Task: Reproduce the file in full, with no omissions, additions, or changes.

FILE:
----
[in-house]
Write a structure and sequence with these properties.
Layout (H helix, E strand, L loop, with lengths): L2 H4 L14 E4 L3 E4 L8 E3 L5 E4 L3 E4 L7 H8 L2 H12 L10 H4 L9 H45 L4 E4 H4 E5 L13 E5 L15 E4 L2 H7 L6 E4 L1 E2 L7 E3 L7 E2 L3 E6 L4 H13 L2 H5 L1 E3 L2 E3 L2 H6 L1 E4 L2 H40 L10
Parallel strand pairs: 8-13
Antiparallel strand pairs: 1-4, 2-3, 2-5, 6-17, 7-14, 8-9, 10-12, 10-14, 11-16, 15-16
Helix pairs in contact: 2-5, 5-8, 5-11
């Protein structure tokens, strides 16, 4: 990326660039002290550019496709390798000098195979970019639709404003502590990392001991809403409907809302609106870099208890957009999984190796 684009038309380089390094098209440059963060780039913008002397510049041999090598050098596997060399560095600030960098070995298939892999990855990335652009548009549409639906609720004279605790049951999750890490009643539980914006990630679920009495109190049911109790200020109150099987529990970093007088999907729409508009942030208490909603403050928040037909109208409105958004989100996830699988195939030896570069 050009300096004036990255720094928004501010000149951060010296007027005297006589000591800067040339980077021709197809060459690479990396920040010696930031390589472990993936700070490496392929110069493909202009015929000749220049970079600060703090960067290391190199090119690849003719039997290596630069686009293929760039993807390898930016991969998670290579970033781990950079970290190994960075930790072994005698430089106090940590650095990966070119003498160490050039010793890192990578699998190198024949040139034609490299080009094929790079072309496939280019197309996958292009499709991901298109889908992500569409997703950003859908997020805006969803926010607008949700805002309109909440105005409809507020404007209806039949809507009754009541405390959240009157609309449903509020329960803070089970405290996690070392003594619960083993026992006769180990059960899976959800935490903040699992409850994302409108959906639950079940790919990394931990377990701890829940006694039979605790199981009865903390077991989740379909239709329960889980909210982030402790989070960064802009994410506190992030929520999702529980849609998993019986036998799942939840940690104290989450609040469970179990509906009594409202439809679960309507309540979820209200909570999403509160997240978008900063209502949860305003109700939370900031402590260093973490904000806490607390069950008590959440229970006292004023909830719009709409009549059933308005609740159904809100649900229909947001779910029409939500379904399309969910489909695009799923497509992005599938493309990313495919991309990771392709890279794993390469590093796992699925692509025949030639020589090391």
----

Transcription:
[in-house]
Write a structure and sequence with these properties.
Layout (H helix, E strand, L loop, with lengths): L2 H4 L14 E4 L3 E4 L8 E3 L5 E4 L3 E4 L7 H8 L2 H12 L10 H4 L9 H45 L4 E4 H4 E5 L13 E5 L15 E4 L2 H7 L6 E4 L1 E2 L7 E3 L7 E2 L3 E6 L4 H13 L2 H5 L1 E3 L2 E3 L2 H6 L1 E4 L2 H40 L10
Parallel strand pairs: 8-13
Antiparallel strand pairs: 1-4, 2-3, 2-5, 6-17, 7-14, 8-9, 10-12, 10-14, 11-16, 15-16
Helix pairs in contact: 2-5, 5-8, 5-11
């Protein structure tokens, strides 16, 4: 990326660039002290550019496709390798000098195979970019639709404003502590990392001991809403409907809302609106870099208890957009999984190796 684009038309380089390094098209440059963060780039913008002397510049041999090598050098596997060399560095600030960098070995298939892999990855990335652009548009549409639906609720004279605790049951999750890490009643539980914006990630679920009495109190049911109790200020109150099987529990970093007088999907729409508009942030208490909603403050928040037909109208409105958004989100996830699988195939030896570069 050009300096004036990255720094928004501010000149951060010296007027005297006589000591800067040339980077021709197809060459690479990396920040010696930031390589472990993936700070490496392929110069493909202009015929000749220049970079600060703090960067290391190199090119690849003719039997290596630069686009293929760039993807390898930016991969998670290579970033781990950079970290190994960075930790072994005698430089106090940590650095990966070119003498160490050039010793890192990578699998190198024949040139034609490299080009094929790079072309496939280019197309996958292009499709991901298109889908992500569409997703950003859908997020805006969803926010607008949700805002309109909440105005409809507020404007209806039949809507009754009541405390959240009157609309449903509020329960803070089970405290996690070392003594619960083993026992006769180990059960899976959800935490903040699992409850994302409108959906639950079940790919990394931990377990701890829940006694039979605790199981009865903390077991989740379909239709329960889980909210982030402790989070960064802009994410506190992030929520999702529980849609998993019986036998799942939840940690104290989450609040469970179990509906009594409202439809679960309507309540979820209200909570999403509160997240978008900063209502949860305003109700939370900031402590260093973490904000806490607390069950008590959440229970006292004023909830719009709409009549059933308005609740159904809100649900229909947001779910029409939500379904399309969910489909695009799923497509992005599938493309990313495919991309990771392709890279794993390469590093796992699925692509025949030639020589090391």